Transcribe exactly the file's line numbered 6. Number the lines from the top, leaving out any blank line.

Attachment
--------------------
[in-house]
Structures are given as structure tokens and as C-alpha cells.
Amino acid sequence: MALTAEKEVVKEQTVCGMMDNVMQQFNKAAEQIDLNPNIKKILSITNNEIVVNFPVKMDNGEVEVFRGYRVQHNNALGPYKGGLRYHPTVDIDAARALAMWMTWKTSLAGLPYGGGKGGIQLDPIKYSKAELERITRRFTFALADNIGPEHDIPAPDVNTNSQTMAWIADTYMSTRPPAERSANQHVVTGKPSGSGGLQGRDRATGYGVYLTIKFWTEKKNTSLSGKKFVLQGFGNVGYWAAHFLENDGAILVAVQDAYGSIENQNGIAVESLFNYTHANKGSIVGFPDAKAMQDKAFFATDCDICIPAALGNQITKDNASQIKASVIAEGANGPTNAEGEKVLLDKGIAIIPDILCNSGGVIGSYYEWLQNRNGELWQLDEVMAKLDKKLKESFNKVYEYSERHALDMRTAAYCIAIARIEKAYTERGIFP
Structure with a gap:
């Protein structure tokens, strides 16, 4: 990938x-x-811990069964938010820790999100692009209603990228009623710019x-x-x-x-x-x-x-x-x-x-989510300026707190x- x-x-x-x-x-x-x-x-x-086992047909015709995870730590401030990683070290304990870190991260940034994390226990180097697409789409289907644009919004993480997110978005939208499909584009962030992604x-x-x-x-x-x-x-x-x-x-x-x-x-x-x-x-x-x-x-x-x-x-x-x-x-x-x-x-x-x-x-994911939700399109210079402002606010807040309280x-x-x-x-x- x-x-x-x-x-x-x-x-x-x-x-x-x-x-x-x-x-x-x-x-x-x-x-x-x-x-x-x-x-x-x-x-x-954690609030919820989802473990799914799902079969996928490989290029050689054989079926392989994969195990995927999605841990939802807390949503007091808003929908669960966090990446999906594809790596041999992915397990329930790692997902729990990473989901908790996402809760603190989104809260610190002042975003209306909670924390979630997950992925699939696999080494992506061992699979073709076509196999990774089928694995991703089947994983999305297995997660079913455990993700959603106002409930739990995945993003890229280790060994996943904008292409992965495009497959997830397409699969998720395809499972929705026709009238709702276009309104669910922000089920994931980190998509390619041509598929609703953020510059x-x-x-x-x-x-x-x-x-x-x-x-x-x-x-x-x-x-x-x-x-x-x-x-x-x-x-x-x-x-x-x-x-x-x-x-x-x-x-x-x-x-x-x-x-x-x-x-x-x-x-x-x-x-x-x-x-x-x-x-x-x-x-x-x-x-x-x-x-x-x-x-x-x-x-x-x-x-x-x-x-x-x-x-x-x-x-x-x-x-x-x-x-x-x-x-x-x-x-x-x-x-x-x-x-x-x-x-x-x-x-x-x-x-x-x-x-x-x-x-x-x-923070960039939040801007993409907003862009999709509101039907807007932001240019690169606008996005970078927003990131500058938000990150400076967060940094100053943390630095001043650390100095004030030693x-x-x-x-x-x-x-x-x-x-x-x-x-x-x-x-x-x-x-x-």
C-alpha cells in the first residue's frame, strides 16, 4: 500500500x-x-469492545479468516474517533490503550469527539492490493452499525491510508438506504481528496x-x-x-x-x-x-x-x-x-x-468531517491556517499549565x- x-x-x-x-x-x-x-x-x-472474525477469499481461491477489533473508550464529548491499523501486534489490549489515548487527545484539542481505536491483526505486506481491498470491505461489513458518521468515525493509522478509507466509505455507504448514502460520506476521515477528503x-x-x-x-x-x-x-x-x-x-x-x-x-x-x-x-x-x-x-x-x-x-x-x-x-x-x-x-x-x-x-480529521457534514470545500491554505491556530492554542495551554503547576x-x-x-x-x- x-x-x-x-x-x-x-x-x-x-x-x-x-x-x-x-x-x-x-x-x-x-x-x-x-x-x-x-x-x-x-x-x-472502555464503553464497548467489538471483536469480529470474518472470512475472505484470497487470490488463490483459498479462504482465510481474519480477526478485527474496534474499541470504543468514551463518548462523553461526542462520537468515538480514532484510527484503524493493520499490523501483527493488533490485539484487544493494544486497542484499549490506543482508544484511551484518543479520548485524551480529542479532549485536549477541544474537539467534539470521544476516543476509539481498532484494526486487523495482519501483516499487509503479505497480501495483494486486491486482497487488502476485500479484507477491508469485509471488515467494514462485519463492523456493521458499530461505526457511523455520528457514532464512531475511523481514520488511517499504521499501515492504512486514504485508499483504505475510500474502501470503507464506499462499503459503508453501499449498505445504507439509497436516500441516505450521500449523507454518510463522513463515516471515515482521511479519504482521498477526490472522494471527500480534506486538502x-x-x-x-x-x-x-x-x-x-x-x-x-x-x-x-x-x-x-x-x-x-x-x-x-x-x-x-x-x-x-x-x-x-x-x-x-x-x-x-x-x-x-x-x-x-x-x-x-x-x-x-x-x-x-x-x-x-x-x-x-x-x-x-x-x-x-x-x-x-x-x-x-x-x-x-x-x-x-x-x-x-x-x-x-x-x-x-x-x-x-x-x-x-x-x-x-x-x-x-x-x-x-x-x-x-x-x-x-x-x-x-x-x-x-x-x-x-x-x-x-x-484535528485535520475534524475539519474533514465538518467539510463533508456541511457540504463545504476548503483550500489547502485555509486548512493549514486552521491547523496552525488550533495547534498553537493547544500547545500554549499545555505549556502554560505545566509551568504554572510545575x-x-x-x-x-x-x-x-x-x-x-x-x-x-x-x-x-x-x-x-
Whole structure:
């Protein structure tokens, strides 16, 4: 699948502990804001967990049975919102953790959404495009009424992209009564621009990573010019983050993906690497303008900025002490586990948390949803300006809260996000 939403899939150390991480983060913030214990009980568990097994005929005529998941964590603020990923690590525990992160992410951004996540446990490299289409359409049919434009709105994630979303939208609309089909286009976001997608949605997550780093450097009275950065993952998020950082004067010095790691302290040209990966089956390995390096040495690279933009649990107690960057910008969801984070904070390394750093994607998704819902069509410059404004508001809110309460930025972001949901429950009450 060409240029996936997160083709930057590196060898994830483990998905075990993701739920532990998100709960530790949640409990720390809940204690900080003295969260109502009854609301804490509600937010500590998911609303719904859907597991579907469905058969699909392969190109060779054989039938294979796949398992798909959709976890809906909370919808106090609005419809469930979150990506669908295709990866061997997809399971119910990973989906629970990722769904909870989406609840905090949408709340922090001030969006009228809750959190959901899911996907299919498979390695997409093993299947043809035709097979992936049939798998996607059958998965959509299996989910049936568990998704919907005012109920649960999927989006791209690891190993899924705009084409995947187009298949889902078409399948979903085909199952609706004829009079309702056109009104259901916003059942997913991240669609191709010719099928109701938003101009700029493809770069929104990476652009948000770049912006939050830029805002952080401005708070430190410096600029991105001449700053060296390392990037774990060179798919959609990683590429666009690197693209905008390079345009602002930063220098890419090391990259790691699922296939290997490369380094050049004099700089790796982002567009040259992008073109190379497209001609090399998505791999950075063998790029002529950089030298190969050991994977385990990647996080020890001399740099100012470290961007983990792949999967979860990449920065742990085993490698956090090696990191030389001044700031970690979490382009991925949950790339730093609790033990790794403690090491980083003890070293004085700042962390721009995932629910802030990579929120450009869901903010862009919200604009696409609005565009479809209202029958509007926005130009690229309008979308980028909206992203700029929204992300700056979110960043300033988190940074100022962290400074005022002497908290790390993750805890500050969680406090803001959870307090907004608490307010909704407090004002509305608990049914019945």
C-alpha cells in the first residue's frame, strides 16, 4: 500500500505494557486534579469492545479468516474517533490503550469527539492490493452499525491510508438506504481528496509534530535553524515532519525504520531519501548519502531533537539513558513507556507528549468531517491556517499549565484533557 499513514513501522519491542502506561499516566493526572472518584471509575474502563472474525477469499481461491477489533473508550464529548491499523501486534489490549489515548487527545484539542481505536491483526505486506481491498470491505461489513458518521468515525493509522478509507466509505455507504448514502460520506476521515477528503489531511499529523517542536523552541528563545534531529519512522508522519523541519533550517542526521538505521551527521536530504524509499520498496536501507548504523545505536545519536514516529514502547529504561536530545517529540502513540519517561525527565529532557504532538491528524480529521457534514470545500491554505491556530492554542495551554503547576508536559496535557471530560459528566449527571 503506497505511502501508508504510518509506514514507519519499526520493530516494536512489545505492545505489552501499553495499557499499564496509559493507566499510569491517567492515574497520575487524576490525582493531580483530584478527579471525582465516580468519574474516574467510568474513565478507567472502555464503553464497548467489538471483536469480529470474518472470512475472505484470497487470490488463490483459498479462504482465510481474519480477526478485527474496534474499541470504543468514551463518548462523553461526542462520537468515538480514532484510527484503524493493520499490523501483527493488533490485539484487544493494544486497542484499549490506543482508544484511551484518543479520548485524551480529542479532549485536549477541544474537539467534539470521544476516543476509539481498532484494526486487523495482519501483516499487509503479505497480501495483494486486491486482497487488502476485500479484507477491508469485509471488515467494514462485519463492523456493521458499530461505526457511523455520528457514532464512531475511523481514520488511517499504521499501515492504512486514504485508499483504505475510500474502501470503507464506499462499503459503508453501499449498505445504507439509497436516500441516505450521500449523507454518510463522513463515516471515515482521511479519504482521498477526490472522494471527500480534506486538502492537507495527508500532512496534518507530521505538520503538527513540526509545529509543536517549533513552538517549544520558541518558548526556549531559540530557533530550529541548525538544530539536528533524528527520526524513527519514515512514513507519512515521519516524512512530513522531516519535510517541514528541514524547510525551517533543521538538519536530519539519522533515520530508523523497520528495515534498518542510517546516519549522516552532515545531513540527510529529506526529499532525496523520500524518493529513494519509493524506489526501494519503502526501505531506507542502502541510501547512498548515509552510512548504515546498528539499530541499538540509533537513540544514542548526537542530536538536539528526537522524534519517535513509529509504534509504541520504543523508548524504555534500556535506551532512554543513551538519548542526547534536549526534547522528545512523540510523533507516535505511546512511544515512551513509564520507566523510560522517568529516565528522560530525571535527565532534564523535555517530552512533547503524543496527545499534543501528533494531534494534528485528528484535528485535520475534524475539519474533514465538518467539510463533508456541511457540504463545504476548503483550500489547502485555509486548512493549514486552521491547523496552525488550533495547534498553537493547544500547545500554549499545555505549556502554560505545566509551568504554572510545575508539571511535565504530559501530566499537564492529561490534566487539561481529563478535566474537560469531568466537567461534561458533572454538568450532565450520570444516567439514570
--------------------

C-alpha cells in the first residue's frame, strides 16, 4: 500500500x-x-469492545479468516474517533490503550469527539492490493452499525491510508438506504481528496x-x-x-x-x-x-x-x-x-x-468531517491556517499549565x- x-x-x-x-x-x-x-x-x-472474525477469499481461491477489533473508550464529548491499523501486534489490549489515548487527545484539542481505536491483526505486506481491498470491505461489513458518521468515525493509522478509507466509505455507504448514502460520506476521515477528503x-x-x-x-x-x-x-x-x-x-x-x-x-x-x-x-x-x-x-x-x-x-x-x-x-x-x-x-x-x-x-480529521457534514470545500491554505491556530492554542495551554503547576x-x-x-x-x- x-x-x-x-x-x-x-x-x-x-x-x-x-x-x-x-x-x-x-x-x-x-x-x-x-x-x-x-x-x-x-x-x-472502555464503553464497548467489538471483536469480529470474518472470512475472505484470497487470490488463490483459498479462504482465510481474519480477526478485527474496534474499541470504543468514551463518548462523553461526542462520537468515538480514532484510527484503524493493520499490523501483527493488533490485539484487544493494544486497542484499549490506543482508544484511551484518543479520548485524551480529542479532549485536549477541544474537539467534539470521544476516543476509539481498532484494526486487523495482519501483516499487509503479505497480501495483494486486491486482497487488502476485500479484507477491508469485509471488515467494514462485519463492523456493521458499530461505526457511523455520528457514532464512531475511523481514520488511517499504521499501515492504512486514504485508499483504505475510500474502501470503507464506499462499503459503508453501499449498505445504507439509497436516500441516505450521500449523507454518510463522513463515516471515515482521511479519504482521498477526490472522494471527500480534506486538502x-x-x-x-x-x-x-x-x-x-x-x-x-x-x-x-x-x-x-x-x-x-x-x-x-x-x-x-x-x-x-x-x-x-x-x-x-x-x-x-x-x-x-x-x-x-x-x-x-x-x-x-x-x-x-x-x-x-x-x-x-x-x-x-x-x-x-x-x-x-x-x-x-x-x-x-x-x-x-x-x-x-x-x-x-x-x-x-x-x-x-x-x-x-x-x-x-x-x-x-x-x-x-x-x-x-x-x-x-x-x-x-x-x-x-x-x-x-x-x-x-x-484535528485535520475534524475539519474533514465538518467539510463533508456541511457540504463545504476548503483550500489547502485555509486548512493549514486552521491547523496552525488550533495547534498553537493547544500547545500554549499545555505549556502554560505545566509551568504554572510545575x-x-x-x-x-x-x-x-x-x-x-x-x-x-x-x-x-x-x-x-